Brand Protection In Franchising – Ignore At Your Peril

21st June 2016 by

By David Schollenberger, Partner and Head of IT/IP Healys solicitors

Starting and operating a franchise network without adequate brand protection is like unprotected sex.  Well maybe not quite as enjoyable- but it is reckless and involves taking risks that could be avoidable and could prove catastrophic to the franchisor’s business.

Brands and franchising

A franchise is a license for use of a brand and a system of know-how, procedures and standards related to that brand. Brands can have huge commercial value and may even account for the majority of a company’s assets.  The top worldwide brands of franchisors such as McDonalds® restaurants or Holiday Inn® hotels   are worth billions of Pounds. A brand provides a reassurance to a customer about the quality and consistency of the franchised services.

The brand for a product or service is protected by the use of a trade mark.  Trademark, creation, management and protection are essential for a franchisee seeking protection of its assets and ensuring both initial and continuing commercial success.

What are trade marks?

Trademarks are a designation by a trader to distinguish its goods and services from another trader.  Trademarks can be unregistered or registered with government trade mark offices in each country of the world.  In the UK, this government agency that deals with trade marks is called the Intellectual Property Office.  A UK trade mark is only enforceable in the UK. The UK registration lasts for ten years, and are renewable for further ten-year periods.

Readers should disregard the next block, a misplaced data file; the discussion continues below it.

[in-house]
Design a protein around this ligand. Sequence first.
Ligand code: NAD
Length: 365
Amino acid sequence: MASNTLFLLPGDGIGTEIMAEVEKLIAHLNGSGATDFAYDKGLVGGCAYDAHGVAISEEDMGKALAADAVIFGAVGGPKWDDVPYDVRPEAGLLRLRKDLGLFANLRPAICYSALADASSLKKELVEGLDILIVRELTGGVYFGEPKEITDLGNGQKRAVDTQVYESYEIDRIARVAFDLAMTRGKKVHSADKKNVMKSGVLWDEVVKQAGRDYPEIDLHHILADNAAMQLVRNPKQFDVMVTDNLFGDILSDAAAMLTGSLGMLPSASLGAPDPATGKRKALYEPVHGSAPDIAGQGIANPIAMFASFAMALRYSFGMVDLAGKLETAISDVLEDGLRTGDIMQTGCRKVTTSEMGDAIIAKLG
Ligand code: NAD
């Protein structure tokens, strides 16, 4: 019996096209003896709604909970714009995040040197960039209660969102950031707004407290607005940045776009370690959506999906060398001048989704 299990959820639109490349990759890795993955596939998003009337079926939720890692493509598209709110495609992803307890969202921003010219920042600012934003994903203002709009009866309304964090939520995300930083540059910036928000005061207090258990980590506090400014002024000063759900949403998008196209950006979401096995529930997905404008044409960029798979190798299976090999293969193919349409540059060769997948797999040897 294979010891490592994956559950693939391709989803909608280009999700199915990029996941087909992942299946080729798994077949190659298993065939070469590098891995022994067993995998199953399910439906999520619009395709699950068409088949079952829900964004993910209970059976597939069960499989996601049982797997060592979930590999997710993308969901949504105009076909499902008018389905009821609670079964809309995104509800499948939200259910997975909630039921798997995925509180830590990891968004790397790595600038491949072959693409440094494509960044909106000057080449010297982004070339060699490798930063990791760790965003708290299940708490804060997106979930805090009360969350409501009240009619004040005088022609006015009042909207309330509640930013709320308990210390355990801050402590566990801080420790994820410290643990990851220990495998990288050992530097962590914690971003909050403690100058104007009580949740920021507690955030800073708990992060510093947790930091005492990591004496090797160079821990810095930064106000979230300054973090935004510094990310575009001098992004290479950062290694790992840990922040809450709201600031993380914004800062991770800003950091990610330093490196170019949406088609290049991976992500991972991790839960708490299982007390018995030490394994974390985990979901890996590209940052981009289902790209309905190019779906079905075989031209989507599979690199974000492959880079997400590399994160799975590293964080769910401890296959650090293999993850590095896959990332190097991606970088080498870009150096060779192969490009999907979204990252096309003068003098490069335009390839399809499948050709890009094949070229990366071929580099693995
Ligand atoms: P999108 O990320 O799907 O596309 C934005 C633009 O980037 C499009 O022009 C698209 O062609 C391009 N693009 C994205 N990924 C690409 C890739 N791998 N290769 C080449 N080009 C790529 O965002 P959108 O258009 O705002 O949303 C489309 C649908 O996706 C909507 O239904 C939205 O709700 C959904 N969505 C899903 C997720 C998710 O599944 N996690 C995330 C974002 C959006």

In the EU, a European Union Trade Mark or EUTM (formerly known a Community Trade Mark or CTM) may be obtained through application to the EU Intellectual Property Office or EUIPO (formerly known as the Office of Harmonization in the Internal Market or OHIM) in Alicante, Spain. A EUTM is enforceable throughout the EU. The EUTM is also for a term of ten years, and renewable for further ten year periods.

For both UK and EU, registration is done within a class or goods or services set out in the Nice Classifications. So for example a name could be registered in class 44 for Turkish bath services and the same name could be registered in class 35 by another applicant for photocopying services.

Enforcing unregistered trade marks.

It is possible to bring a passing off action of an unregistered trade mark, but it is quite difficult to prove and expensive.  This requires proof of a reputation or goodwill in the mark, a misrepresentation to the public and likelihood of confusion and proof of damage. The use of the trade mark by the party bringing the claim must also pre-date the use of the trade mark and it is sometimes difficult to establish how long the other party will have been using the trade mark.

Advantages of registration

Registration of a brand as a trade mark is voluntary, but highly advisable, and gives the owner a number of advantages. It gives the trade mark owner a statutory right to use that name for that class of services.